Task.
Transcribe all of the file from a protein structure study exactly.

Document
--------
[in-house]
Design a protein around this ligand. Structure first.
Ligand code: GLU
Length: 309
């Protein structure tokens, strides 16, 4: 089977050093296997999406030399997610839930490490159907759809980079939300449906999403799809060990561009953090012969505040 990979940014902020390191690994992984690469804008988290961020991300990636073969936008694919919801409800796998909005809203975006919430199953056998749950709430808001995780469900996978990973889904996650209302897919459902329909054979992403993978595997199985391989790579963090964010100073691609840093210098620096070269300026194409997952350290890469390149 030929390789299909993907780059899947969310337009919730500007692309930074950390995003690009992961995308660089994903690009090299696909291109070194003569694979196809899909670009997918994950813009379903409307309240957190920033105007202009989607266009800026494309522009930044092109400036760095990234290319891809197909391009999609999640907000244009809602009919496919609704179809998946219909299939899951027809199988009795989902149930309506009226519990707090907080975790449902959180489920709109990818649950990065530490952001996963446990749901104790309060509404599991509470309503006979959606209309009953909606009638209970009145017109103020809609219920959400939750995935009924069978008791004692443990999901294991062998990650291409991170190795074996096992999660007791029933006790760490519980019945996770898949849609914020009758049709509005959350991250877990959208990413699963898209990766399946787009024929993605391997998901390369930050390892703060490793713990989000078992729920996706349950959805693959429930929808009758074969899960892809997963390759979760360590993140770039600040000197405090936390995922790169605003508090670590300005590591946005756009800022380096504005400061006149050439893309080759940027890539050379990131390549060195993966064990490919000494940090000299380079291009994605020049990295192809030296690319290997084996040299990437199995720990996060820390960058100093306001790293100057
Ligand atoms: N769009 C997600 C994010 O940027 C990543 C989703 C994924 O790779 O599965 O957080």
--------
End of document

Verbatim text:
[in-house]
Design a protein around this ligand. Structure first.
Ligand code: GLU
Length: 309
């Protein structure tokens, strides 16, 4: 089977050093296997999406030399997610839930490490159907759809980079939300449906999403799809060990561009953090012969505040 990979940014902020390191690994992984690469804008988290961020991300990636073969936008694919919801409800796998909005809203975006919430199953056998749950709430808001995780469900996978990973889904996650209302897919459902329909054979992403993978595997199985391989790579963090964010100073691609840093210098620096070269300026194409997952350290890469390149 030929390789299909993907780059899947969310337009919730500007692309930074950390995003690009992961995308660089994903690009090299696909291109070194003569694979196809899909670009997918994950813009379903409307309240957190920033105007202009989607266009800026494309522009930044092109400036760095990234290319891809197909391009999609999640907000244009809602009919496919609704179809998946219909299939899951027809199988009795989902149930309506009226519990707090907080975790449902959180489920709109990818649950990065530490952001996963446990749901104790309060509404599991509470309503006979959606209309009953909606009638209970009145017109103020809609219920959400939750995935009924069978008791004692443990999901294991062998990650291409991170190795074996096992999660007791029933006790760490519980019945996770898949849609914020009758049709509005959350991250877990959208990413699963898209990766399946787009024929993605391997998901390369930050390892703060490793713990989000078992729920996706349950959805693959429930929808009758074969899960892809997963390759979760360590993140770039600040000197405090936390995922790169605003508090670590300005590591946005756009800022380096504005400061006149050439893309080759940027890539050379990131390549060195993966064990490919000494940090000299380079291009994605020049990295192809030296690319290997084996040299990437199995720990996060820390960058100093306001790293100057
Ligand atoms: N769009 C997600 C994010 O940027 C990543 C989703 C994924 O790779 O599965 O957080």